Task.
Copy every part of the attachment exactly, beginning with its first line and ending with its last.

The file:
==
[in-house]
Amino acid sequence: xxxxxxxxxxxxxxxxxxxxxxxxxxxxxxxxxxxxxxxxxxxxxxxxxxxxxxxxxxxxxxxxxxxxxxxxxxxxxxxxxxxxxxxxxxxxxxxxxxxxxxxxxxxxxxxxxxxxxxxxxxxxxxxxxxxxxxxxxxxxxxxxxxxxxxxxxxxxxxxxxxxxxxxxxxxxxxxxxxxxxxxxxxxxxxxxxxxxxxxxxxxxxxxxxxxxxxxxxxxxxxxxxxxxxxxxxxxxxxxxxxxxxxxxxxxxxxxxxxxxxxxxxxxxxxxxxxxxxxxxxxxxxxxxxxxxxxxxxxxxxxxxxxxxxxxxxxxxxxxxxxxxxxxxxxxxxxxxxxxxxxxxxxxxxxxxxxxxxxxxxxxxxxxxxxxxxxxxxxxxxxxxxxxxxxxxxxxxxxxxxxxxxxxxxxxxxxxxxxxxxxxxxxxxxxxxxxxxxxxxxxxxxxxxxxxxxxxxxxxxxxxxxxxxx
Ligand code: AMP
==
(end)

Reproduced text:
[in-house]
Amino acid sequence: xxxxxxxxxxxxxxxxxxxxxxxxxxxxxxxxxxxxxxxxxxxxxxxxxxxxxxxxxxxxxxxxxxxxxxxxxxxxxxxxxxxxxxxxxxxxxxxxxxxxxxxxxxxxxxxxxxxxxxxxxxxxxxxxxxxxxxxxxxxxxxxxxxxxxxxxxxxxxxxxxxxxxxxxxxxxxxxxxxxxxxxxxxxxxxxxxxxxxxxxxxxxxxxxxxxxxxxxxxxxxxxxxxxxxxxxxxxxxxxxxxxxxxxxxxxxxxxxxxxxxxxxxxxxxxxxxxxxxxxxxxxxxxxxxxxxxxxxxxxxxxxxxxxxxxxxxxxxxxxxxxxxxxxxxxxxxxxxxxxxxxxxxxxxxxxxxxxxxxxxxxxxxxxxxxxxxxxxxxxxxxxxxxxxxxxxxxxxxxxxxxxxxxxxxxxxxxxxxxxxxxxxxxxxxxxxxxxxxxxxxxxxxxxxxxxxxxxxxxxxxxxxxxxxx
Ligand code: AMP